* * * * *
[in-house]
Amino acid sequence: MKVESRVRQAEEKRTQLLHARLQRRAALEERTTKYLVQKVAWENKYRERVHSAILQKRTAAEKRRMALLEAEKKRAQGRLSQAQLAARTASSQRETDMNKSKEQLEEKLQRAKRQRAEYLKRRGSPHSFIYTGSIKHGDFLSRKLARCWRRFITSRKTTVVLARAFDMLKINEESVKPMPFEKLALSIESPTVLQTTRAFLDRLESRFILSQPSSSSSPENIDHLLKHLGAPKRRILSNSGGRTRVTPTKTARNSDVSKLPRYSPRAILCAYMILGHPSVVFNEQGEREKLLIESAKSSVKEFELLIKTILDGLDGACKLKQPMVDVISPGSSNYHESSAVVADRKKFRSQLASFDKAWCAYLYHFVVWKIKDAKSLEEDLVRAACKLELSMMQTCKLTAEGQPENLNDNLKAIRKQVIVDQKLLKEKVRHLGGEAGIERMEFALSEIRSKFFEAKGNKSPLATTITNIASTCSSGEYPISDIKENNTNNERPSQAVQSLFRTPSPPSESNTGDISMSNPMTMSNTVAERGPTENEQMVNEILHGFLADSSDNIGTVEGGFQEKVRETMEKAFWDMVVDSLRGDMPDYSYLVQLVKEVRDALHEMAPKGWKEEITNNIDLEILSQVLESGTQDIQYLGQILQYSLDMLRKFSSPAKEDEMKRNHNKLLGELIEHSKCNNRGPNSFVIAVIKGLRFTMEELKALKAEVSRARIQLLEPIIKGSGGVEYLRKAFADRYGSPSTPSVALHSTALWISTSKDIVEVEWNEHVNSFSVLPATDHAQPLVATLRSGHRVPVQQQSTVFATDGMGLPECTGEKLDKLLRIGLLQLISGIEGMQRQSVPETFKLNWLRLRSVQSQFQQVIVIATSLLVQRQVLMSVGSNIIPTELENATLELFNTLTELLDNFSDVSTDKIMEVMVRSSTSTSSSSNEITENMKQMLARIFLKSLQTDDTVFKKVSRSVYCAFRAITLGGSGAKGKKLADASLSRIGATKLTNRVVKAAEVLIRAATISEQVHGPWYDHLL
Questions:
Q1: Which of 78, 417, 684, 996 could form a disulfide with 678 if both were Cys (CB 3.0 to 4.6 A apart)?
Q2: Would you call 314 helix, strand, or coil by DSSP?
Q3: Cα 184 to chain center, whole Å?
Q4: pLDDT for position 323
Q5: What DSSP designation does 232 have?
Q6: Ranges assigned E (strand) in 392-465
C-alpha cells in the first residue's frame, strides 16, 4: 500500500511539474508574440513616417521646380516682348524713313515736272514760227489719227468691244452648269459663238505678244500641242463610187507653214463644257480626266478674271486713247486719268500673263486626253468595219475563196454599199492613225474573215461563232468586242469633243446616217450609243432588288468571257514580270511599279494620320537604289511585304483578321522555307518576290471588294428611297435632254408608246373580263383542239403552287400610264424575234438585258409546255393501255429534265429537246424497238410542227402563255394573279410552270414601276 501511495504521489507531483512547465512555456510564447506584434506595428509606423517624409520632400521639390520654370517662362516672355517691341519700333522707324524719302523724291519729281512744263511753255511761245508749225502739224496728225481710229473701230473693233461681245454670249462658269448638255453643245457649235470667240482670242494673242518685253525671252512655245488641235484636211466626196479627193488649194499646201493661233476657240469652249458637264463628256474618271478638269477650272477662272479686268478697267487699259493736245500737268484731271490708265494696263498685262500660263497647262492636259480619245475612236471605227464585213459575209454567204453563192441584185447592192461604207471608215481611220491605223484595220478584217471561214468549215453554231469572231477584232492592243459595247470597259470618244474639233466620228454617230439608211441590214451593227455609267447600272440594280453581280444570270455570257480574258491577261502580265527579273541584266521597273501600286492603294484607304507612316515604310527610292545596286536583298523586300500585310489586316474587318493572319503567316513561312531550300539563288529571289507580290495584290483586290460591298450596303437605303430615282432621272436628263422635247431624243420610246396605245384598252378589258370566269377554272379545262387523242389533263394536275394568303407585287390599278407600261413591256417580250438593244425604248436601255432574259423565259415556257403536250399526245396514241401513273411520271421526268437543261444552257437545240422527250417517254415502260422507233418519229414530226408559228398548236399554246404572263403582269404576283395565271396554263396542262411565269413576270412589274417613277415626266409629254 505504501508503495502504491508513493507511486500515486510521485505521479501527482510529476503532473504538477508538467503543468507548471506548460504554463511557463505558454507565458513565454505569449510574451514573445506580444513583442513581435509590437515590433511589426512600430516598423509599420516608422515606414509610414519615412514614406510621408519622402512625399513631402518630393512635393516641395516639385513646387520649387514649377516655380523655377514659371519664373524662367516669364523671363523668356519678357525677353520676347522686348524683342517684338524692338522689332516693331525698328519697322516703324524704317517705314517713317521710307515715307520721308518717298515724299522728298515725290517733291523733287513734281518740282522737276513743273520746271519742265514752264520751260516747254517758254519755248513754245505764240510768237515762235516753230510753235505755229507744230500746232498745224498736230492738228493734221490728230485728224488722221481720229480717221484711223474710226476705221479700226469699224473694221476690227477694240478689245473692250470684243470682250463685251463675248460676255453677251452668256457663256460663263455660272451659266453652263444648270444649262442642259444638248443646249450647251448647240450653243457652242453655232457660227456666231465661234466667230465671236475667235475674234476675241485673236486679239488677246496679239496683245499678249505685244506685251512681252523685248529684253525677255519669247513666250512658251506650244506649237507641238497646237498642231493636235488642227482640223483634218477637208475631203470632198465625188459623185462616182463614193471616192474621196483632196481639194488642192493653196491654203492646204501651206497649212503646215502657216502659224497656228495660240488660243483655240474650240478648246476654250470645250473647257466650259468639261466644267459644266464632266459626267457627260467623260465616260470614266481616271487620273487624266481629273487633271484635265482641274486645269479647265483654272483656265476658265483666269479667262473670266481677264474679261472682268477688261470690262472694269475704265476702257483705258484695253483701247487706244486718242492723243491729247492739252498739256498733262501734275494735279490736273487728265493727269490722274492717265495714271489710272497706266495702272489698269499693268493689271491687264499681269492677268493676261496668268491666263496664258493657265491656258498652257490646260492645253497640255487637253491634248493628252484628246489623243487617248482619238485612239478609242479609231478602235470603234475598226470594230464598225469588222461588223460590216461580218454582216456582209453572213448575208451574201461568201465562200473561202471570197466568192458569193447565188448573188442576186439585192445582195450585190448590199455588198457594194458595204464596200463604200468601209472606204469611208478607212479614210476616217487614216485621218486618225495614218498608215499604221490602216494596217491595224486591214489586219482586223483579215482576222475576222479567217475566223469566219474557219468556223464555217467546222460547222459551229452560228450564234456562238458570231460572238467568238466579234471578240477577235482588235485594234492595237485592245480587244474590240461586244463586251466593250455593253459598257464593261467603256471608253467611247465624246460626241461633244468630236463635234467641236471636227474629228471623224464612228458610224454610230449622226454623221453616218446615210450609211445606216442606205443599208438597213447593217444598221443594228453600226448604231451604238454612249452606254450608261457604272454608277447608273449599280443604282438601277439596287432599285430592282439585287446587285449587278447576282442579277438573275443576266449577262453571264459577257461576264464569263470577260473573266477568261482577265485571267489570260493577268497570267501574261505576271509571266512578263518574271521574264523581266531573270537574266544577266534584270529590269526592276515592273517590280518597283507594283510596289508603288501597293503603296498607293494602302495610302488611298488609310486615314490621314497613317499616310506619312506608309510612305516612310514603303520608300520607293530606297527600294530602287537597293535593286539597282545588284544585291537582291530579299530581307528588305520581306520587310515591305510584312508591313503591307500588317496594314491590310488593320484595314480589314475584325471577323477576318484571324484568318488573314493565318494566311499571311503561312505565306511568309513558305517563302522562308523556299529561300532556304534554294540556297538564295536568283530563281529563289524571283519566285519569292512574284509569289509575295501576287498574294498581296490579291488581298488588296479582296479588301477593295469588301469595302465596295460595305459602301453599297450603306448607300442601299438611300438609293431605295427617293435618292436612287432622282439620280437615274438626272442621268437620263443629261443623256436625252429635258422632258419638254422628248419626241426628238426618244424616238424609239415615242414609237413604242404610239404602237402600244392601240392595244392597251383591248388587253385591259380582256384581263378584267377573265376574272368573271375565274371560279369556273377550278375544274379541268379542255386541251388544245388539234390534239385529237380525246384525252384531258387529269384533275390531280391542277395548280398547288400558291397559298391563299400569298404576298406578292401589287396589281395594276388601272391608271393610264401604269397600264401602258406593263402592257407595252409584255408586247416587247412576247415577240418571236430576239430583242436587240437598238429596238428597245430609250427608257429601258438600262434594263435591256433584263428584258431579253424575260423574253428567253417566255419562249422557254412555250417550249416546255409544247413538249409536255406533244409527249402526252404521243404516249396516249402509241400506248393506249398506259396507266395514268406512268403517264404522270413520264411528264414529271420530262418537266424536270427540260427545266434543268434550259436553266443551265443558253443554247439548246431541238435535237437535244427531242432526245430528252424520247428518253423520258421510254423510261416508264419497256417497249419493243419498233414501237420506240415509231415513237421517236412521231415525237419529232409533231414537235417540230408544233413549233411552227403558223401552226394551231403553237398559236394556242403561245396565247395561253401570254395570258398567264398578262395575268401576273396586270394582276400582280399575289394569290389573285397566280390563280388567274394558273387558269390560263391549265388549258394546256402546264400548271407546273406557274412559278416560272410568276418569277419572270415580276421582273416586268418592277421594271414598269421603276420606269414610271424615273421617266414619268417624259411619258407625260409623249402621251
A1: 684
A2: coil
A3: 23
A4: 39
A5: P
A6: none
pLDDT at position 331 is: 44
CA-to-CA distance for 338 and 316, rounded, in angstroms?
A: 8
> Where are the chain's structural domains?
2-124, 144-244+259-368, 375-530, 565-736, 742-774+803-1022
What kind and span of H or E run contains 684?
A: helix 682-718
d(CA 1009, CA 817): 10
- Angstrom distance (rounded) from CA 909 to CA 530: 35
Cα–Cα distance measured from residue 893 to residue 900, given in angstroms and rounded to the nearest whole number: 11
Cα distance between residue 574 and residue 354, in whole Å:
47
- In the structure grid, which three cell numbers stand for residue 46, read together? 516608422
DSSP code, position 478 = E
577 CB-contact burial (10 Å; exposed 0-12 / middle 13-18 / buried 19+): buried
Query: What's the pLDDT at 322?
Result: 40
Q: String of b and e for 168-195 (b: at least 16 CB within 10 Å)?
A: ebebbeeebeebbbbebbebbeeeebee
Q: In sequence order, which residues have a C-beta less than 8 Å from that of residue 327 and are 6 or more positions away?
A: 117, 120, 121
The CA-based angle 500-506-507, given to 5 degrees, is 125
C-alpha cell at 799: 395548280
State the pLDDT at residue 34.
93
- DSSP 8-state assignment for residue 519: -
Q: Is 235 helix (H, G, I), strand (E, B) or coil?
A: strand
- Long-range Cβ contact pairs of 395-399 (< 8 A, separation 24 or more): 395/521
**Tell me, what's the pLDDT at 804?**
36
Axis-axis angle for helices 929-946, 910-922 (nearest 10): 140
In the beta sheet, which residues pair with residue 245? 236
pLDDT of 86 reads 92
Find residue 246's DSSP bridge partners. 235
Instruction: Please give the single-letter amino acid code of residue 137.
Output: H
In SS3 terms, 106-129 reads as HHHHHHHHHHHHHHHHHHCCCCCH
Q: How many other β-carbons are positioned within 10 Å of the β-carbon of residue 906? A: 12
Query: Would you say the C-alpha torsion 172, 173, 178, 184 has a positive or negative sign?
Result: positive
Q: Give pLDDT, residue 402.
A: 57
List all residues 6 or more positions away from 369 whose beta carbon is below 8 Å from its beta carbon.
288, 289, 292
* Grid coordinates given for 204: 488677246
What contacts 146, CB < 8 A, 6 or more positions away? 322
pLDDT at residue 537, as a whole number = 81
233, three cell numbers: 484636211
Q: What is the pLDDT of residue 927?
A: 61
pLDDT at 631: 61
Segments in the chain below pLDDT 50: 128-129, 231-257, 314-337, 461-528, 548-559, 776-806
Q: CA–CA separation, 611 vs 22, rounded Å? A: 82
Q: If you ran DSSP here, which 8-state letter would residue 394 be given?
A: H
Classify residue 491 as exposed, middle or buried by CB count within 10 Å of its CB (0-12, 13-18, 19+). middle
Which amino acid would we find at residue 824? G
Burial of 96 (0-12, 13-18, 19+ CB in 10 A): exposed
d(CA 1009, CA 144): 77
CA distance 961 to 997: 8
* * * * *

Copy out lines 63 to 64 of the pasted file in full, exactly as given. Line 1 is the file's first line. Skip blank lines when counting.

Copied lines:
What contacts 146, CB < 8 A, 6 or more positions away? 322
pLDDT at residue 537, as a whole number = 81